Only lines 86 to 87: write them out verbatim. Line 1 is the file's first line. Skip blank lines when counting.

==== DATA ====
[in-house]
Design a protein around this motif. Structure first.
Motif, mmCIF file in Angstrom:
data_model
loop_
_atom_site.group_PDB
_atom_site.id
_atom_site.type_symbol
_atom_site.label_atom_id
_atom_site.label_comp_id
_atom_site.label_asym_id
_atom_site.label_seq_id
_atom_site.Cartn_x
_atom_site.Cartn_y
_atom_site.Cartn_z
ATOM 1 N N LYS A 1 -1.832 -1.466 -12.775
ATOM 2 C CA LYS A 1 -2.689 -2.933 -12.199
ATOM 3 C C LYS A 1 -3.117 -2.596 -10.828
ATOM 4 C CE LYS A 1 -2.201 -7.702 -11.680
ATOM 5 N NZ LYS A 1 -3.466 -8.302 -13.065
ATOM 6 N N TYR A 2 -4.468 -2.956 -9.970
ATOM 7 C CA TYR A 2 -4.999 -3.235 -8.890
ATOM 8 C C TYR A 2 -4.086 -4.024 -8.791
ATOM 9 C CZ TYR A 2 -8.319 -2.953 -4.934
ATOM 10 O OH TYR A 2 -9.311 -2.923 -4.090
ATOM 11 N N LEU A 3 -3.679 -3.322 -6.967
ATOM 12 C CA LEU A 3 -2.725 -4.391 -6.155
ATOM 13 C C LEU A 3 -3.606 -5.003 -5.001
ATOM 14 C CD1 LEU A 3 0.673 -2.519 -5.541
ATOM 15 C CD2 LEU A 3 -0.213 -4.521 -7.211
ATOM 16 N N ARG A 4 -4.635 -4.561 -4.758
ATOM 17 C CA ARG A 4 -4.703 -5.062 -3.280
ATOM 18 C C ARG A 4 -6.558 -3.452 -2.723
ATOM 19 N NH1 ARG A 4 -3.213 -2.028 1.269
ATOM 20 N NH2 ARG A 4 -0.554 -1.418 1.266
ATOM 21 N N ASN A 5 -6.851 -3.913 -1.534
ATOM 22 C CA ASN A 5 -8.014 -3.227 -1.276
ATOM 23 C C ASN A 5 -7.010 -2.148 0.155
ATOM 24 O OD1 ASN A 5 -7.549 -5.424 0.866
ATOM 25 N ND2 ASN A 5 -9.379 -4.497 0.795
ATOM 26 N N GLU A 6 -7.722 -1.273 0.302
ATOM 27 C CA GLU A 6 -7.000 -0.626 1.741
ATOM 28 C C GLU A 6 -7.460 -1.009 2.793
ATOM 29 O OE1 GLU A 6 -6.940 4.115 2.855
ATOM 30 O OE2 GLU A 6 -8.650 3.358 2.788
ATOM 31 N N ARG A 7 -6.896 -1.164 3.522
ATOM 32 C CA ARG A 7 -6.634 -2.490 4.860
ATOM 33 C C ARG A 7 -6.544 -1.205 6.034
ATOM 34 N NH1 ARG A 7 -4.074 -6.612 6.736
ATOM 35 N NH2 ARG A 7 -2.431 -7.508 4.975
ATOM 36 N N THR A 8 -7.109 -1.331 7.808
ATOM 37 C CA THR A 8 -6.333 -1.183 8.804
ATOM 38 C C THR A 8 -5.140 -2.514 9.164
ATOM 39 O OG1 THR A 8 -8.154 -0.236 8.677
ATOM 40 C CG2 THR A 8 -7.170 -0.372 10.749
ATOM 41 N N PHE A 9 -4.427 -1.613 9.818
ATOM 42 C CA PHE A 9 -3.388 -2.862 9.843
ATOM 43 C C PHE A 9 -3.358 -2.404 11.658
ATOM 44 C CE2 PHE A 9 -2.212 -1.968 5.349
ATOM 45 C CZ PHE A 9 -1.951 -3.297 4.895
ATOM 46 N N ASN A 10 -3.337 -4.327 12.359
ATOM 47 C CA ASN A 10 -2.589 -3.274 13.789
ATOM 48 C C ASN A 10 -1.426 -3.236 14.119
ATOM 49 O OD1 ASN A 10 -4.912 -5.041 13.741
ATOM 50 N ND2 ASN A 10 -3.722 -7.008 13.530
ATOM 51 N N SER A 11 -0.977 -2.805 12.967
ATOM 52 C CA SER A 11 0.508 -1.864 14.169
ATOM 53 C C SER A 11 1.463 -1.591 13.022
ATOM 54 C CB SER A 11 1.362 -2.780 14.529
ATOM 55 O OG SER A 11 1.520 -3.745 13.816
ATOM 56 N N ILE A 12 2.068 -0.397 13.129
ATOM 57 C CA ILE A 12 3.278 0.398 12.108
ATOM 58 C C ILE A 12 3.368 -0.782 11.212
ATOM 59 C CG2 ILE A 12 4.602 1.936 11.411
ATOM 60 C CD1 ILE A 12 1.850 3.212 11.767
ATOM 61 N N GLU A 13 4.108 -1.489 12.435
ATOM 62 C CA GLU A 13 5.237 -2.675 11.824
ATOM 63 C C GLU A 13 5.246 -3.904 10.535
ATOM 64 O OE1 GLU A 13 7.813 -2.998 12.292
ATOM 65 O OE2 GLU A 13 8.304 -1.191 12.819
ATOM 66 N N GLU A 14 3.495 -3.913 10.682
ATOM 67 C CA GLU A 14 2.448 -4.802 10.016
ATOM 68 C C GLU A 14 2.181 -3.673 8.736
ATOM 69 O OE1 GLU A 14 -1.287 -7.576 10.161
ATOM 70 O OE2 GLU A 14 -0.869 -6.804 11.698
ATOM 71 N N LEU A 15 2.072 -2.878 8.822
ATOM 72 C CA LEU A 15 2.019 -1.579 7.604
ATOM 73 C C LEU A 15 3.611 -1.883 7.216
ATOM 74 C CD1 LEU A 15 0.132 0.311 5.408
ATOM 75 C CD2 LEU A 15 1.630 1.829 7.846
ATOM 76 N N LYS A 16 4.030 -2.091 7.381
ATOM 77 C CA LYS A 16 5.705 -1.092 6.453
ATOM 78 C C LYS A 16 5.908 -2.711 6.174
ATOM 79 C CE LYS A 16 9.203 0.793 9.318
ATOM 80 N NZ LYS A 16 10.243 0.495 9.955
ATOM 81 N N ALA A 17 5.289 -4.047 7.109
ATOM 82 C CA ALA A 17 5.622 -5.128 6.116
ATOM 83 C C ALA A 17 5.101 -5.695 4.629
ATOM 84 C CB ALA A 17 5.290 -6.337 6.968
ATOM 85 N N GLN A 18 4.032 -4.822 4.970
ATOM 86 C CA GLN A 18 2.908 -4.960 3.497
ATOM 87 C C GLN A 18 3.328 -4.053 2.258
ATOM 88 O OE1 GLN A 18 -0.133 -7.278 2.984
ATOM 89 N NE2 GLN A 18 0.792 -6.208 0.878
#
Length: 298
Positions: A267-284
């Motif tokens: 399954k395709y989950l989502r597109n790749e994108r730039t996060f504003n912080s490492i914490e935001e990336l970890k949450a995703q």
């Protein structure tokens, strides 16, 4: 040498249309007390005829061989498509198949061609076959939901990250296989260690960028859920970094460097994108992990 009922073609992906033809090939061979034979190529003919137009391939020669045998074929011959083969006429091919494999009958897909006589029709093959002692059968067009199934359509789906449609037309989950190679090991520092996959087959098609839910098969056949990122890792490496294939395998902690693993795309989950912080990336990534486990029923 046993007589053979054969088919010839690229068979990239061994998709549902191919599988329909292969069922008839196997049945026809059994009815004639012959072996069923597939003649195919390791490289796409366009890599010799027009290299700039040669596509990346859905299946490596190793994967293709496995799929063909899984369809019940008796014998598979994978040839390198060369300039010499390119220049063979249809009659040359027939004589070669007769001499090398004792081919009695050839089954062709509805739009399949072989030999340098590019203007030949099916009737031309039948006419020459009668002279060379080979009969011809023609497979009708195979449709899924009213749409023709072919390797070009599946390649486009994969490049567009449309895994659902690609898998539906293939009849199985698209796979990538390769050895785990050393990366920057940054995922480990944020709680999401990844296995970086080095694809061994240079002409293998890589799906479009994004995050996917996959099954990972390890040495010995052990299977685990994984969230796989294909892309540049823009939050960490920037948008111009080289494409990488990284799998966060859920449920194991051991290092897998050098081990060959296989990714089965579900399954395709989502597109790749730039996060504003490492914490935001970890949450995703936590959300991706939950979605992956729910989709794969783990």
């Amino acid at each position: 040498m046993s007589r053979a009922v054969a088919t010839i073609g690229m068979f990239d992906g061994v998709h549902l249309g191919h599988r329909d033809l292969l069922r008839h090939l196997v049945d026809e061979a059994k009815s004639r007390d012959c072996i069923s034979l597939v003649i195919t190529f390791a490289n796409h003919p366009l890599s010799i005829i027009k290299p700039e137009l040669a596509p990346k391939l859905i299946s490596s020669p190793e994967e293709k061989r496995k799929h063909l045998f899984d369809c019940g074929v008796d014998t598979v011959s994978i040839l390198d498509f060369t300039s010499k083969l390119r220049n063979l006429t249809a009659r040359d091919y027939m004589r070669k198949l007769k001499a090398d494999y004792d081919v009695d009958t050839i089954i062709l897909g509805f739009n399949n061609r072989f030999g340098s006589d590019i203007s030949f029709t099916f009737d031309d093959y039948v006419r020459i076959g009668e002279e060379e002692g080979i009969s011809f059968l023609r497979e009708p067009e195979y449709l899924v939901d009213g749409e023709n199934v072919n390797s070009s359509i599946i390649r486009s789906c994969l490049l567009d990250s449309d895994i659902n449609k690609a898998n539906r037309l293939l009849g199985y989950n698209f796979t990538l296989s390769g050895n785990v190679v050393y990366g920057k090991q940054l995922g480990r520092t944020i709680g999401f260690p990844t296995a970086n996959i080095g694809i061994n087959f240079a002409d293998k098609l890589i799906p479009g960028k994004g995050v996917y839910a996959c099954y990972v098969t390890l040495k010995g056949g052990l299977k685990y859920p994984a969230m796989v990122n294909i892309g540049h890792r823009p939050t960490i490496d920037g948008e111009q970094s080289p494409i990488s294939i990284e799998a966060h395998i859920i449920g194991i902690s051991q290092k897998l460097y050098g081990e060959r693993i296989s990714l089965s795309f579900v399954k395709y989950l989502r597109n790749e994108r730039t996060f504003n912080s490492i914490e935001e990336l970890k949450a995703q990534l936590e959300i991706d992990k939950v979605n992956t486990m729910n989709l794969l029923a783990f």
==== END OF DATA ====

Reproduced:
ATOM 71 N N LEU A 15 2.072 -2.878 8.822
ATOM 72 C CA LEU A 15 2.019 -1.579 7.604